Tado, German smart home energy startup plans to go public

Tado, a German smart home startup  that specializes in thermostats and has lately expanded into flexible “time of use” energy tariffs based on loadshifting technology, announced today the next phase in its business existence. According to TechCrunch, it will go public via a SPAC transaction.

GFJ ESG Acquisition, a German SPAC organization concentrating primarily on sustainable technology, announced a merger with tado (this way is startup styling its name) and the listing of the new business on the Frankfurt market. GFJ and tado are now working on the PIPE deal, which is estimated to value tado at €450 million ($514 million at today’s values) when completed. The new company will continue to operate under the name tado.

Tado’s representative said that the company is not saying how much it expects to raise in the IPO, nor when the listing is anticipated to take place, save that it will most likely take place in the first half of 2022.

The move comes on the heels of two significant breakthroughs for tado. Tado acquired the startup aWATTar   last week in order to expand from energy consumption hardware inside the home to software to better manage energy consumption and costs based on both how the customer uses energy and how pricing varies depending on the fluctuations of that energy source.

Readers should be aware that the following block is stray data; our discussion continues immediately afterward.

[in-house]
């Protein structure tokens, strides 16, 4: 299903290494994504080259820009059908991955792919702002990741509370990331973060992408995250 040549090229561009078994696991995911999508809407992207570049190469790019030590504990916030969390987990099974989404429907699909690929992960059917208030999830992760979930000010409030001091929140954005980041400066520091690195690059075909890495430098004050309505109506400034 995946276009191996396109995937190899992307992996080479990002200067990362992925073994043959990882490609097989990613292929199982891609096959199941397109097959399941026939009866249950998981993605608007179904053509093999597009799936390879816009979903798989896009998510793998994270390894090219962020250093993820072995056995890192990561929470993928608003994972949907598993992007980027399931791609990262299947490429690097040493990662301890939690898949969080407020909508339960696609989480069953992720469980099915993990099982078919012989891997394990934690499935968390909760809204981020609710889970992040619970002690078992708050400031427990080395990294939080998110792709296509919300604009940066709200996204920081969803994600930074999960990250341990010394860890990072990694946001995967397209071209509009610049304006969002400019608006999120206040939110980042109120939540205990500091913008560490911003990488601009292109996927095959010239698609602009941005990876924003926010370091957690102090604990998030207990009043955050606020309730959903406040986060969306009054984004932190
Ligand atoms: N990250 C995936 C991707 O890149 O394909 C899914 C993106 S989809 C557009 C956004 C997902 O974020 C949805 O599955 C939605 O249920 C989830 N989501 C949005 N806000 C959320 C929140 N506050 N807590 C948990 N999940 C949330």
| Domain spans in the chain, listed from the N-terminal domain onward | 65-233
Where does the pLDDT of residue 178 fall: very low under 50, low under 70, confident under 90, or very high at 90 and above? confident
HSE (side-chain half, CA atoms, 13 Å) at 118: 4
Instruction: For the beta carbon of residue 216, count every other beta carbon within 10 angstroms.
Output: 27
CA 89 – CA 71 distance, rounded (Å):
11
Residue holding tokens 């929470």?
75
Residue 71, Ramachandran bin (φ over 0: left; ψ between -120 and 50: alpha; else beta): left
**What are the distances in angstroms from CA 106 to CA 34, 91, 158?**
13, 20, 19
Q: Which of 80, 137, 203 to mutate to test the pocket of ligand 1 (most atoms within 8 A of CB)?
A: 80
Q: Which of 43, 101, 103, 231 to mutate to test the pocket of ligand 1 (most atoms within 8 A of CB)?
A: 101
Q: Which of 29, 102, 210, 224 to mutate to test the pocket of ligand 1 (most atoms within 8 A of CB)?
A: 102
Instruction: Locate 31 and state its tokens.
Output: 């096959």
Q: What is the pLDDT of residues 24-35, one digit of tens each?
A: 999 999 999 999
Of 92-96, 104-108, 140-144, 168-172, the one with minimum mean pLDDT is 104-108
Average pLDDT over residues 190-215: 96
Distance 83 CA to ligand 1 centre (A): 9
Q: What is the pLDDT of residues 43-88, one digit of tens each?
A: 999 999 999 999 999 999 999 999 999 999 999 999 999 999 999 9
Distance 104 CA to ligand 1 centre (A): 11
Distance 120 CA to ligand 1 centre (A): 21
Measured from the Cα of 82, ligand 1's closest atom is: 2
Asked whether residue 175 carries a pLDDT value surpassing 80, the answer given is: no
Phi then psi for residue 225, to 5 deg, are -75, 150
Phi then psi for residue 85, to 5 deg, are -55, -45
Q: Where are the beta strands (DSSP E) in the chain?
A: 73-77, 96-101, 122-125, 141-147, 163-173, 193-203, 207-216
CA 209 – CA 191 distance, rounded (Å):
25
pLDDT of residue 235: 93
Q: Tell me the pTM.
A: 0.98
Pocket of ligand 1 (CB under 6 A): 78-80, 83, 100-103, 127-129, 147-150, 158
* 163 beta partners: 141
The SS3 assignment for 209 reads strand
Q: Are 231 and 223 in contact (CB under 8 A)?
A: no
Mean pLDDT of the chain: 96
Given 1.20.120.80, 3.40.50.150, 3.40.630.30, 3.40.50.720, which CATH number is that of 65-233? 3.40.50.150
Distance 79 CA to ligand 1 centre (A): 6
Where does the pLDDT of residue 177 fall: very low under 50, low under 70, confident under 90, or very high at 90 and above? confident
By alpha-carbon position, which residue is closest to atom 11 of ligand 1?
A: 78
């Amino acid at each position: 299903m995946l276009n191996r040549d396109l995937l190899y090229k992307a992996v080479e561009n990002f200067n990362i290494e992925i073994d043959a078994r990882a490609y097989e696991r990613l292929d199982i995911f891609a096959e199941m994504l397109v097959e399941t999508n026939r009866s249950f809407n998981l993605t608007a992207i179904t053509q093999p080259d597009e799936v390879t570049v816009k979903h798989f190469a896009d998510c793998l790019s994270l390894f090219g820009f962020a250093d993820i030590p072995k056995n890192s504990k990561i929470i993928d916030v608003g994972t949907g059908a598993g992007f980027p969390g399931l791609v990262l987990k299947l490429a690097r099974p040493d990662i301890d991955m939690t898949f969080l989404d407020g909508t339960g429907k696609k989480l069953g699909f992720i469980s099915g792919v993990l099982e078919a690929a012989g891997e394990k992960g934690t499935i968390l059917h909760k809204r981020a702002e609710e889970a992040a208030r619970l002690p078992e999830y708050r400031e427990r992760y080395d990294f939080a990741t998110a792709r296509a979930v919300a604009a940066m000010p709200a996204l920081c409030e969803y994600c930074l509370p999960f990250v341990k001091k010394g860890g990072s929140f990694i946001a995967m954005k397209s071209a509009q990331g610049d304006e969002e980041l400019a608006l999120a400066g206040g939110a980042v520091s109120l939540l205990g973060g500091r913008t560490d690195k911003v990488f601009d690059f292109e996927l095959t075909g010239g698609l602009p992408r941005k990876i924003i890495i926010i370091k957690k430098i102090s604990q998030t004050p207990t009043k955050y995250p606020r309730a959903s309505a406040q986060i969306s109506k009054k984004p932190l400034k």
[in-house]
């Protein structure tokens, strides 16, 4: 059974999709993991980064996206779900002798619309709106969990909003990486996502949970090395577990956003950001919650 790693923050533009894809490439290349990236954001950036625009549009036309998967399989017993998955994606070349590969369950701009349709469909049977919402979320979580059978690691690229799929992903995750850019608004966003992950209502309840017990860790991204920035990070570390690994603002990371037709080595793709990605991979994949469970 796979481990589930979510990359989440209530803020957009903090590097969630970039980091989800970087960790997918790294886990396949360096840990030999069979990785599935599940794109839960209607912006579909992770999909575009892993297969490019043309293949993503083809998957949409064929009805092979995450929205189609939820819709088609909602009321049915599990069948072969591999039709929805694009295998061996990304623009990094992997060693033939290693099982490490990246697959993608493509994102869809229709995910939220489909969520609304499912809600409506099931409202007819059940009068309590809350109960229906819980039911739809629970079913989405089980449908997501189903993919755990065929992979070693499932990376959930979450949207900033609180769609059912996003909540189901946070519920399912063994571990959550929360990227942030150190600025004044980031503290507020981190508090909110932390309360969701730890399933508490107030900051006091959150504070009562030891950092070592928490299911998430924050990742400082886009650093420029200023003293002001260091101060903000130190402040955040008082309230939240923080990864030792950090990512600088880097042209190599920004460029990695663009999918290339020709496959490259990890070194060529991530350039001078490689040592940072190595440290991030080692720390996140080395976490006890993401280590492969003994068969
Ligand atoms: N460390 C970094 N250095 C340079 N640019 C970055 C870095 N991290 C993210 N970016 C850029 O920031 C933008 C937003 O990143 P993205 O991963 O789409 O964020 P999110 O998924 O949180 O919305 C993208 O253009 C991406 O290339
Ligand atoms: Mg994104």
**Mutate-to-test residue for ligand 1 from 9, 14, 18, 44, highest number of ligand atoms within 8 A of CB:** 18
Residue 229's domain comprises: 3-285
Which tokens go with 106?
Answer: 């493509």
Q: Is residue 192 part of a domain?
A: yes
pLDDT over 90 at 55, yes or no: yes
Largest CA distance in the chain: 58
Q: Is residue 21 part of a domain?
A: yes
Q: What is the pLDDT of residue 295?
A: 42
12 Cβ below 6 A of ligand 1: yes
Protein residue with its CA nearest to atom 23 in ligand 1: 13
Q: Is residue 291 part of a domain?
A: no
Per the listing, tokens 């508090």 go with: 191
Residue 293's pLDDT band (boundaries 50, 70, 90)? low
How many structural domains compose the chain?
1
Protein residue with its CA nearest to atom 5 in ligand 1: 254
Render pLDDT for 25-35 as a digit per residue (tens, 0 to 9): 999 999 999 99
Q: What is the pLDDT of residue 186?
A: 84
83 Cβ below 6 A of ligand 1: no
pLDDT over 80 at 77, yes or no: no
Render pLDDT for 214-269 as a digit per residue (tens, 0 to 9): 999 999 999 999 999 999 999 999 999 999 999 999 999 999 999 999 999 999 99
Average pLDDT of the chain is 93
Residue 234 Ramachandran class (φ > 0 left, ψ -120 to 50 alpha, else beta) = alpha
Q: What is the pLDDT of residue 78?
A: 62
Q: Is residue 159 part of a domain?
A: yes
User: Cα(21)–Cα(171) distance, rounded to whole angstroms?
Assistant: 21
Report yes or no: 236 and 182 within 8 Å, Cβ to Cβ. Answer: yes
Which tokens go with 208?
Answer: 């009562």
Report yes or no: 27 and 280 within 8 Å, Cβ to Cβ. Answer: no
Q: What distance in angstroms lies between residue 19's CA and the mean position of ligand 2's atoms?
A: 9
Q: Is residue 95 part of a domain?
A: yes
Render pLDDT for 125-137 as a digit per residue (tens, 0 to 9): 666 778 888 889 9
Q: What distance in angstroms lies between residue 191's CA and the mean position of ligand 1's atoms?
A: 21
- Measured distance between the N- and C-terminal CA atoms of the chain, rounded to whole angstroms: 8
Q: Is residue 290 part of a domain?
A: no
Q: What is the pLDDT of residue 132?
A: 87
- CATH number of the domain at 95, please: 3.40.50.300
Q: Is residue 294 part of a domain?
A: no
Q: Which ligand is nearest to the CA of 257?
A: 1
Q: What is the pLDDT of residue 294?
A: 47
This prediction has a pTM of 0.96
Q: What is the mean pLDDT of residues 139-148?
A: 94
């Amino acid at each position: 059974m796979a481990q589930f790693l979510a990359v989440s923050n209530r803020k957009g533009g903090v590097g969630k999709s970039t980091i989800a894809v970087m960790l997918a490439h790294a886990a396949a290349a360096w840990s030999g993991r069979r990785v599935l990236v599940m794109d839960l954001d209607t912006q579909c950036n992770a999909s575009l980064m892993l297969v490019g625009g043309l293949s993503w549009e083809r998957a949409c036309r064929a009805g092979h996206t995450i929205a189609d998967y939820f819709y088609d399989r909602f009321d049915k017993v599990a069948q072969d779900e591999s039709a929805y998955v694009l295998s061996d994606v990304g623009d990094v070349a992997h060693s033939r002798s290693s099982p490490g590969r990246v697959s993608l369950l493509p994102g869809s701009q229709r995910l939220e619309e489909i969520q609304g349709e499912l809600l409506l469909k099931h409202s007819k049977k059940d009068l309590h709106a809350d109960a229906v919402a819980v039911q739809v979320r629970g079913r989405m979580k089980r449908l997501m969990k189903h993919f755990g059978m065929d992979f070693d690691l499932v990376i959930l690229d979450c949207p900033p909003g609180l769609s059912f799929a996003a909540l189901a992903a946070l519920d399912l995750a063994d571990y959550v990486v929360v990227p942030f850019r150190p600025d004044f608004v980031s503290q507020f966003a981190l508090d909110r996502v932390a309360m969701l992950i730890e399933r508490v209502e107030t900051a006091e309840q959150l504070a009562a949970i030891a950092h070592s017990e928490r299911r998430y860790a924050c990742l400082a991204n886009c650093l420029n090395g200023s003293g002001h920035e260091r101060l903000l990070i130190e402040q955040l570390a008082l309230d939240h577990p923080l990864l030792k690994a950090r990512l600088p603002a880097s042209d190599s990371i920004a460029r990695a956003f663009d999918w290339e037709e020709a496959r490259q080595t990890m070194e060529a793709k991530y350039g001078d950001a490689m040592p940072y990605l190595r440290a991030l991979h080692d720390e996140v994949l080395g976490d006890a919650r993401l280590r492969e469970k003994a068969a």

Tado also raised $46 million in May. At the time, the business said that this would be its last round before going public, and that is exactly what is happening today. The business had raised just short of $159 million in total, with an impressive roster of backers that included Amazon, Siemens, and Telefonica. Its value in earlier private rounds was far lower than the €450 million it aims to attain with its market cap upon listing: according to PitchBook statistics, it was roughly $255 million.

The transaction is important because it will be one of Europe’s first large green tech businesses to go public. Tado’s overarching purpose is to provide services to assist in the management of energy usage in an end-to-end system, beginning with the power grid and ending with users in their homes. So far, the venture has gone two distinct paths. It began as a manufacturer of smart thermostats and has since sold over 2 million units.

The firm then moved into energy tariff and use management, catapulting it into a larger business based on big data, predictive analytics, and tapping the larger and more fragmented industries of renewable energy and energy hardware solutions.

According to the firm, it has sold more than 2 million smart thermostats, and its energy-management system links 400,000 buildings and families in 20 countries, managing more than 7 gigawatts of energy capacity. It works with around 18,000 systems from 900 OEMs and says that customers who use its load-balancing technology save an average of 22% on heating bills each year.